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Both Eden Robinson's novel Monkey Beach, and playwright Constance Lindsay Skinner's Birthright deals with characters who are struggling with trauma and haunted with scars from the past.
Monkey Beach shows how the collective memories of individuals are woven together and held in the memory of the community, and these burdens of the shared past are suffered together.
Many characters in Monkey Beach are scarred from childhood sexual abuse and family neglect, and resort to drug and alcohol abuse as a coping mechanism.
Monkey Beach illustrates how abuse in the past leads to another form of self-medication in the future - a neverending, vicious cycle for the members of the Haisla community.
These appalling memories are an account of the impact of colonization on the Haisla territory which continues to haunt the Aboriginal community throughout generations.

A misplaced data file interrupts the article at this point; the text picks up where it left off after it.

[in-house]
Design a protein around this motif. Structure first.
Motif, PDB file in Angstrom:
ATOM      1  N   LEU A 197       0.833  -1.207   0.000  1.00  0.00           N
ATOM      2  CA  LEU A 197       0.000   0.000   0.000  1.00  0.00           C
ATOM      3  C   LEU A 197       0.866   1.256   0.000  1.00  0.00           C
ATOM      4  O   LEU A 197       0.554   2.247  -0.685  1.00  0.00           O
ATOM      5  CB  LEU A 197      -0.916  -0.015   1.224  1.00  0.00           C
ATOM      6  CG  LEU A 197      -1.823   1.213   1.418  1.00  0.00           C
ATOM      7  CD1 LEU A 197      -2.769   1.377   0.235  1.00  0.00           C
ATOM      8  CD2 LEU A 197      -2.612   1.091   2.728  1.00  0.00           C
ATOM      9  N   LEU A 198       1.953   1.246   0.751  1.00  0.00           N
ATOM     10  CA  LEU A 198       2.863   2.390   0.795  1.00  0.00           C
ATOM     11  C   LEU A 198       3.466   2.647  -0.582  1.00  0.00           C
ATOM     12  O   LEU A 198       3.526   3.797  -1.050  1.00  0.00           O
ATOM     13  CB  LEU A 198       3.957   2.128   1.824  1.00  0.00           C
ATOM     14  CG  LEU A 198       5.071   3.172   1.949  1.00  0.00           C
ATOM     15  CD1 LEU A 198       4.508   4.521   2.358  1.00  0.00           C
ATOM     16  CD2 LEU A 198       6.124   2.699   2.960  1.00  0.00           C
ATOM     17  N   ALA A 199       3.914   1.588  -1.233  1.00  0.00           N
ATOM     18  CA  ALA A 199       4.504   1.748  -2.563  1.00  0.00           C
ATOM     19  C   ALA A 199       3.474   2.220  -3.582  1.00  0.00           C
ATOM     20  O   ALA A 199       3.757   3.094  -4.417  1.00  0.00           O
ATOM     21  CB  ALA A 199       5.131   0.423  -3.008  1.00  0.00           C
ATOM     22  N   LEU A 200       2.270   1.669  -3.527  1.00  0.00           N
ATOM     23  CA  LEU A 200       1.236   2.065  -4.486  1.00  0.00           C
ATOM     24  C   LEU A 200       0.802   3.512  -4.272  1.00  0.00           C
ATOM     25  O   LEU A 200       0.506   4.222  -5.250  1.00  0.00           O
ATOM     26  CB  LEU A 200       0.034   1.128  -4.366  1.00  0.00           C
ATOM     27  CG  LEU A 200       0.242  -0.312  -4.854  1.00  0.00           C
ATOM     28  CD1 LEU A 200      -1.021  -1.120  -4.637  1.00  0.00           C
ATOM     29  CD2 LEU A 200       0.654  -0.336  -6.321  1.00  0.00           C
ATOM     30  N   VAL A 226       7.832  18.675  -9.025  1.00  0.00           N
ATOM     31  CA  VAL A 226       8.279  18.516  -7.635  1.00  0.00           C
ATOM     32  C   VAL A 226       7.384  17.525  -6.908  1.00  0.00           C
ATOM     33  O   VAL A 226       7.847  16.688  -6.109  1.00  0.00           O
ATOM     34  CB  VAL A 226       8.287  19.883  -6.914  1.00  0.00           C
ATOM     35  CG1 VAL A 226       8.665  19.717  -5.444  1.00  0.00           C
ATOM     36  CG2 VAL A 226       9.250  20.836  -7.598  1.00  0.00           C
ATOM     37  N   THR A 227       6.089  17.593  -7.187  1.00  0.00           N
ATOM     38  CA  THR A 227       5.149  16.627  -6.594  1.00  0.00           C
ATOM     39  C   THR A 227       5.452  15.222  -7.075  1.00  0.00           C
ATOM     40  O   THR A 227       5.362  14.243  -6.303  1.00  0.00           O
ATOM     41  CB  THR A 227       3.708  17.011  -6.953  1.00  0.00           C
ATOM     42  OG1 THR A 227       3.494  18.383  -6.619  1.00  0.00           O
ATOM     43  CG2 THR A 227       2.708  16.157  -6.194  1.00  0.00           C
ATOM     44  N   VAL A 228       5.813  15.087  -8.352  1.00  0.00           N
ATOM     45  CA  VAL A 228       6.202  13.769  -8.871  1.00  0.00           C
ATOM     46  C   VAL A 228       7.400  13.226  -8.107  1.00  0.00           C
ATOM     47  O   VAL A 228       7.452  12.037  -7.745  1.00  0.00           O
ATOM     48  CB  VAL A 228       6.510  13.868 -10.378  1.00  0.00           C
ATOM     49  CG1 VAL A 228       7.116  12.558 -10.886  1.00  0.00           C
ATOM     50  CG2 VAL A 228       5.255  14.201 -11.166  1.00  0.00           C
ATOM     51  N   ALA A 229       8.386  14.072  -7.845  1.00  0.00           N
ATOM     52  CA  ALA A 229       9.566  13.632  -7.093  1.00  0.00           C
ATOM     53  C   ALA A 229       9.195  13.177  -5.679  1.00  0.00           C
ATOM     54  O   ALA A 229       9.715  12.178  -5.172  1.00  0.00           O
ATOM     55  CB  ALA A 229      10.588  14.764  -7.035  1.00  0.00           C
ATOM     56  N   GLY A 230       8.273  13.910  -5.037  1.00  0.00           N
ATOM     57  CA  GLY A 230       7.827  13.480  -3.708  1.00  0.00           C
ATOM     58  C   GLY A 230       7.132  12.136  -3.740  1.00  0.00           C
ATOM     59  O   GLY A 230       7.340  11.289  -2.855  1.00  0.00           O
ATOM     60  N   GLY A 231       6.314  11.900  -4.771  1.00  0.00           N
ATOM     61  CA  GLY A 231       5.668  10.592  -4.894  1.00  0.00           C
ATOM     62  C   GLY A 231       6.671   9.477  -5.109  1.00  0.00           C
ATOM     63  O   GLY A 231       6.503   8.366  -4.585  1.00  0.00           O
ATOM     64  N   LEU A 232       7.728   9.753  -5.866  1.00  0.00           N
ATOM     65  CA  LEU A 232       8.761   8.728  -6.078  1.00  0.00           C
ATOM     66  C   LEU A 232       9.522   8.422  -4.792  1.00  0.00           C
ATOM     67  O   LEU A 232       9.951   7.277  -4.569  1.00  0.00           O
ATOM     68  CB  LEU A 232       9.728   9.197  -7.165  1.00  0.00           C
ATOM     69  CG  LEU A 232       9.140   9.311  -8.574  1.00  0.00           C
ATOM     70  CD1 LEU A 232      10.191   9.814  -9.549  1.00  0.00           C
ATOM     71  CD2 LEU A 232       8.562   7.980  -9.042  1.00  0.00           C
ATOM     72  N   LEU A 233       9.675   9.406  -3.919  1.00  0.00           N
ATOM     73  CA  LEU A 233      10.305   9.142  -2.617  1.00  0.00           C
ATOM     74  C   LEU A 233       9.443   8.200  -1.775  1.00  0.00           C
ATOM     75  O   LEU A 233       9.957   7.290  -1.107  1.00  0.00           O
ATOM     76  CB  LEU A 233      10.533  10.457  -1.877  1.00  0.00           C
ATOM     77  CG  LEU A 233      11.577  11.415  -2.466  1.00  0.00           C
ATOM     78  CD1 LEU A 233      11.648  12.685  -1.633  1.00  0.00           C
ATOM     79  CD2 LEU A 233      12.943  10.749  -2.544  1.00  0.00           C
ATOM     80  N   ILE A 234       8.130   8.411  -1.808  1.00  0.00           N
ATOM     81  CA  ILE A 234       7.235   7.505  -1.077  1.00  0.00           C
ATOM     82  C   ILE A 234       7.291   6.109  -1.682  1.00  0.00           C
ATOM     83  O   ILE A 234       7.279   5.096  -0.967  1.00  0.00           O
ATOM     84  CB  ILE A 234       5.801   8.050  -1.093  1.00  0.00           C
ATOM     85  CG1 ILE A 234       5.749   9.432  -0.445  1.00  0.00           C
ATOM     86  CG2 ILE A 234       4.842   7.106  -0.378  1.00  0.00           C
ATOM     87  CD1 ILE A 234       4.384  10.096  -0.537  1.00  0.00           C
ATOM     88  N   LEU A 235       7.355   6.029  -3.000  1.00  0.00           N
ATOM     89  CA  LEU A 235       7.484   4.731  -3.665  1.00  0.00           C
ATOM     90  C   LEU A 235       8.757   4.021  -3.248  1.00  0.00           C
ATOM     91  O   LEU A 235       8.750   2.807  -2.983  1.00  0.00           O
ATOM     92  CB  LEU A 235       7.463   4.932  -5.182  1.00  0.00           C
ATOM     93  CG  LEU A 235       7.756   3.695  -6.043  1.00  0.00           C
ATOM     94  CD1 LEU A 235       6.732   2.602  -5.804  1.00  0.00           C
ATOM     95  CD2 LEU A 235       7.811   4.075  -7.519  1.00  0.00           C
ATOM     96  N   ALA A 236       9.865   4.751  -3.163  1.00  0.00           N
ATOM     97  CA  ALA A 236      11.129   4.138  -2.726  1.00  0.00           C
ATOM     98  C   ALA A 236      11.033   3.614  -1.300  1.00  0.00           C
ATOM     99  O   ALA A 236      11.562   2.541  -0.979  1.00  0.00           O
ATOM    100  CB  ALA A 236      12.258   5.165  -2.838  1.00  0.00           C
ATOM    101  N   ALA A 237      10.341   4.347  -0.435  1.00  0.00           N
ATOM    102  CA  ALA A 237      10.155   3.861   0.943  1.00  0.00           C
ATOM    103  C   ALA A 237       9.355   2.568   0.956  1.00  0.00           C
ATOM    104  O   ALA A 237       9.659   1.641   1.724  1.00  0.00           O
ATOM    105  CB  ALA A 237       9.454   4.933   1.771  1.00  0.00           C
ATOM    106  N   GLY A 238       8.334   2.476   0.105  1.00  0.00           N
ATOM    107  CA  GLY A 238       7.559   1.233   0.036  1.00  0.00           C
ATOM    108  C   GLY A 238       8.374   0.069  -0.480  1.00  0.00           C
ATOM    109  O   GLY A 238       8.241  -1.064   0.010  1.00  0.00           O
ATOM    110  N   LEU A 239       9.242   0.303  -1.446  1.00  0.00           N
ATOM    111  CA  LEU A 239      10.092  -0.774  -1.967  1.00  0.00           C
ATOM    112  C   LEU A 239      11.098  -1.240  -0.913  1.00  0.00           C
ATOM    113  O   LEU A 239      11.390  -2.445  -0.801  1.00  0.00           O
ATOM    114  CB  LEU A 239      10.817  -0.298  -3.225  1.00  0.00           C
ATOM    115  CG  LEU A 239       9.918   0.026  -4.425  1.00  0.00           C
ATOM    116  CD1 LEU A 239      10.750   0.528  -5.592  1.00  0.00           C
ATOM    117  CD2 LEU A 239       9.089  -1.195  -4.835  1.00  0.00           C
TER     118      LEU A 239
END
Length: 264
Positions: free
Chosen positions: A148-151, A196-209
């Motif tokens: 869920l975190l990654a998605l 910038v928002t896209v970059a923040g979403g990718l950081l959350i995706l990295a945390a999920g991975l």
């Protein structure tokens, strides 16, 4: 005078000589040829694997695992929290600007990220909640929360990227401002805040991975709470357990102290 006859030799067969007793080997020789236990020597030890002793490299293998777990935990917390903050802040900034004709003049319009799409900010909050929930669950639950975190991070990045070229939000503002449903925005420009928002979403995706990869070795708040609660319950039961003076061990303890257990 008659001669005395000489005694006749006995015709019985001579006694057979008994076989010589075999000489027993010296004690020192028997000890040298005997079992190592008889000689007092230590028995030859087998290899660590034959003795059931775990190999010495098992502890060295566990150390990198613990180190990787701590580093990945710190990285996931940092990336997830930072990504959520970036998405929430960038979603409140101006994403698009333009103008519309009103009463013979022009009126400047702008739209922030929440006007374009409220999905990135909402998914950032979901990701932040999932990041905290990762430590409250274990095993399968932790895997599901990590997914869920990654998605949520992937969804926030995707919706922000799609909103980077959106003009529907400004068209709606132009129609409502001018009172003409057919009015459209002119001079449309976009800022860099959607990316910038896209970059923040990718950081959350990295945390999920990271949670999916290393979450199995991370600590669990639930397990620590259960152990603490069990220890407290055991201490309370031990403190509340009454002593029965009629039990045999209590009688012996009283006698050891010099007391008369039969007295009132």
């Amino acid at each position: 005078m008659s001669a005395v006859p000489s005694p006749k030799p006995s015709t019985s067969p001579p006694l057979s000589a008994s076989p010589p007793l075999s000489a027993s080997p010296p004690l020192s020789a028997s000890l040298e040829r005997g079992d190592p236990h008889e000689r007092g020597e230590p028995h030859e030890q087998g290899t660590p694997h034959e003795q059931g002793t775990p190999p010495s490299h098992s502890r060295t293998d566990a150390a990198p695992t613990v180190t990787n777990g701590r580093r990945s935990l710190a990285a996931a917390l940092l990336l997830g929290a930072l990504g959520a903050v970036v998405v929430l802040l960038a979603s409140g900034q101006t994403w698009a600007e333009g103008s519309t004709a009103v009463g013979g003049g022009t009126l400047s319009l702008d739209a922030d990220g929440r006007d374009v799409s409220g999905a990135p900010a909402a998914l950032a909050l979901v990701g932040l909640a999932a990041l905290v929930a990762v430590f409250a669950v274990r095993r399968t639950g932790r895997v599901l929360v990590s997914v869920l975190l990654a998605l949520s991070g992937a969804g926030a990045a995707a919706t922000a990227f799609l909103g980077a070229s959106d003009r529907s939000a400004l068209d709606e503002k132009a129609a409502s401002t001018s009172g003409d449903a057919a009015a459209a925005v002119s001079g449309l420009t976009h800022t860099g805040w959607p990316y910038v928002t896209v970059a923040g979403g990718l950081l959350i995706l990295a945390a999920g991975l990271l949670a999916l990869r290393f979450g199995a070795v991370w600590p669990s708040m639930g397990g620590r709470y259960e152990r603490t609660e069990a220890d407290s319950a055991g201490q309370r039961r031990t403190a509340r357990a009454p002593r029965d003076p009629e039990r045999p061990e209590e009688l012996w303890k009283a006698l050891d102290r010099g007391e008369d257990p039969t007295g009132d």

Many of the characters in Monkey Beach are frequent smokers, and this habit influences the children in the community.
In the novel, Monkey Beach, Eden Robinson uses this literary device to address the the trauma and mistreatment of the Haisla community in Canada by unveiling the intimate memories of the protagonist, Lisamarie, and the resulting consequences of this oppression.
Author Eden Robinson and playwright Constance Lindsay Skinner address the displacement, mistreatment, and abuse the indigenous population has faced, and still faces, in Monkey Beach and Birthright.